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The Powershed
#1
I'm very excited to share my project and document my progress. Anyway, I got involved with 18650's when I spec'd them for use in my Startup's line of IoT devices. I bought a few genuine ones, then when I need to source a large quantity, I reached out to a local computer recycler. We've reached an agreement and I get about 100 ish packs per week now for free. Most of those cells go towards our IoT efforts, but I took some and put them towards building a powerwall. I can only use cells 2500+mAh for my requirements for the IoT devices, meaning I have like 1500 passing cells that don't meet the threshold. 

I've tested something like 2000 cells now. With my 7 opus chargers, I can test 80 ish per day. They are being mounted on plywood and getting neatly cabled this weekend. 5/7 of them have the fan mod with an 80mm case fan. The bigger fan works great. I don't need to do any external cooling on them. 

One week's haul


Old opus setup



I've been putting together my packs with 2000-2300 mAh cells. The system is designed to be 7s 80p with a 40 amp draw. It became hbpowerwall style by accident. I wanted to limit my draw per cell to 0.5 A (hence the 80p) for longevity and the fact that these cells are repurposed laptop cells. My capacity should be around 4.5kWh.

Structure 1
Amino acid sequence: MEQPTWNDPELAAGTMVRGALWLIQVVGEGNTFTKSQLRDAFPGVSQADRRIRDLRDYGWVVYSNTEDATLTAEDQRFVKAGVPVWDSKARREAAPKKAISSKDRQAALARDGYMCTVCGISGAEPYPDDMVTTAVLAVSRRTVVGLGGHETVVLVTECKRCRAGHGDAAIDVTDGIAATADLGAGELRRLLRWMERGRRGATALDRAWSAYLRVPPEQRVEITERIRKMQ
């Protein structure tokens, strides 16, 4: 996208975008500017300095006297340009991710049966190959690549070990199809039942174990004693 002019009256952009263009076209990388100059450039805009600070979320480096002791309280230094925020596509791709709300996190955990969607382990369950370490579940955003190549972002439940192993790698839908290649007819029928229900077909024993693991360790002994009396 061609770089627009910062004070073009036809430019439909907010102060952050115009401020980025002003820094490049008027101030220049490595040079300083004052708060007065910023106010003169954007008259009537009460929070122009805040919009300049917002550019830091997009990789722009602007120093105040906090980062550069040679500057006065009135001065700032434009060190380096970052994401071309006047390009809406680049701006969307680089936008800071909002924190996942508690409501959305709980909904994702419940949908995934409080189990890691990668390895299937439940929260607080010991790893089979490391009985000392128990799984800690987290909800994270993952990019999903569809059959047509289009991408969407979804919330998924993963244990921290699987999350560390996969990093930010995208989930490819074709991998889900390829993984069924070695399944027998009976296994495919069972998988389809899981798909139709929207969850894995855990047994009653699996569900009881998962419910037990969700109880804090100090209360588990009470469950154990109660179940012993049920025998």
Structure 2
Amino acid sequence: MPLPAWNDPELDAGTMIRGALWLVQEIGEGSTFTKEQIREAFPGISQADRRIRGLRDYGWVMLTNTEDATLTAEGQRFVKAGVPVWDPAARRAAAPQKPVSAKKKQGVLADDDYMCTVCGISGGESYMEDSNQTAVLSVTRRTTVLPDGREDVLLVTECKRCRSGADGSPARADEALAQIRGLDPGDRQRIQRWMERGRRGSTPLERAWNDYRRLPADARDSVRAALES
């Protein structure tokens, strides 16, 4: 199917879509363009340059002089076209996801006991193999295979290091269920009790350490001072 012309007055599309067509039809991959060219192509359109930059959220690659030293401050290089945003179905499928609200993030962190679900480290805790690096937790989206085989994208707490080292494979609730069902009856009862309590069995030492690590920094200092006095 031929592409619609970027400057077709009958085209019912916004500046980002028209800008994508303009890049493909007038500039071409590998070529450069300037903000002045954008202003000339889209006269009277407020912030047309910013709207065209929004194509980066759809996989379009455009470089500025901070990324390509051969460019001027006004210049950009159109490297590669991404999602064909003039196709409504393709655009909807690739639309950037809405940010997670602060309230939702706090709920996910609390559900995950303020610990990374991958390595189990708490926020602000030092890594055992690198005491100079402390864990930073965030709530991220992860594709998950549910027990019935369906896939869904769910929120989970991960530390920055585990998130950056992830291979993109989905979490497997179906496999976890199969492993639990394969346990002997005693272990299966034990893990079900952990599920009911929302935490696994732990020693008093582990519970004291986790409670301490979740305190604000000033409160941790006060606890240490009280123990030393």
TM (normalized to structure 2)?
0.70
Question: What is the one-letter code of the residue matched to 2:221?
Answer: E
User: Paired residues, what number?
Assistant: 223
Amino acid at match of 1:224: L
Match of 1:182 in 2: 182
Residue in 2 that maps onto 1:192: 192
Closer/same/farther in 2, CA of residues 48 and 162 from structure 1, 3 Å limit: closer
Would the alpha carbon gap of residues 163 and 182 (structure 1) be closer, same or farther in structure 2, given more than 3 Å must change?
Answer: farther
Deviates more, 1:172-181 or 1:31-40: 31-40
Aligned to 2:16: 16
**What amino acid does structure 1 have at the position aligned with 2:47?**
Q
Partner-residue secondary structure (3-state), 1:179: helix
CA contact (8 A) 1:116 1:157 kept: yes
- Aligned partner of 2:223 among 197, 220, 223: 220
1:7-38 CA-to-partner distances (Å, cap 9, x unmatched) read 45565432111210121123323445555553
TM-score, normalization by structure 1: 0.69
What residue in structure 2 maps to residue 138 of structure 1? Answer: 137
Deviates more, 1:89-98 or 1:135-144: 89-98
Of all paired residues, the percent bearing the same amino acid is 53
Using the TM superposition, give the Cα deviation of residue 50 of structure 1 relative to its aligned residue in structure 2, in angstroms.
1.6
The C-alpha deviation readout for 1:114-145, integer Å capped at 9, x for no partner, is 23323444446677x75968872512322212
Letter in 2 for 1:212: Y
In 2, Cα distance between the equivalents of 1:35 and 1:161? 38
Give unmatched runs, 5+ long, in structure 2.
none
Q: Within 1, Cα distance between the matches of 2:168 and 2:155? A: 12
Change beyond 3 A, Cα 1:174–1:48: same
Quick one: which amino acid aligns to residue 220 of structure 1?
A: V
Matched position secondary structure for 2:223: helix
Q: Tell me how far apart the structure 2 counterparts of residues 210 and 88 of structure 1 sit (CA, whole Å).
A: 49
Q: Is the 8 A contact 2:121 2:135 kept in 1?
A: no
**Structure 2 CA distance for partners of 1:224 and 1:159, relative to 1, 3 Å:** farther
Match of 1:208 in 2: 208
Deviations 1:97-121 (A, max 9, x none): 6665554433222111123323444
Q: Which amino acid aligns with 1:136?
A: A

The cells are being made "Tesla style", cell level fusing on both sides with 1/8w resistor legs serving as the fuse. The bus bar is 6ga stranded bare copper wire with mechanical lugs screwed on for the series connection. 

I've soldered 6 of the packs completely now. I'll add pics later when I finish the seventh (The shop is a mess). 

These packs are going into my shed - 



I've got two 100w panels on it at the moment, but it will need more. Those panels are tied into an Epever Tracer 4215BN MPPT charge controller. There's a failing offgrid system in there that will be ripped out when the lithium batteries are ready. The lithium packs will be connected to an 800w Reliable Electric pure sine wave 24v inverter. That will be connected to a little subpanel converted to a main lug one to feed the shed. 

The loads in the shed are minimal. My idle load is 20-30w. The inverter powers the lights inside and outside of the shed, the ip surveillance cameras outside and the powerwall computer. There are outlets for intermittent small power tools and chargers inside. No - the camper trailer will not be plugged into this powerwall, at least not at the moment. It would be nice to get to that point one day though. 

The powerwall computer is connected to the charge controller. The epever has neat software that lets you monitor everything about the controller and set parameters. One day when I can afford a propper batrium setup, it will be connected to the computer.
gregoinc, camthecam, Korishan And 1 others like this post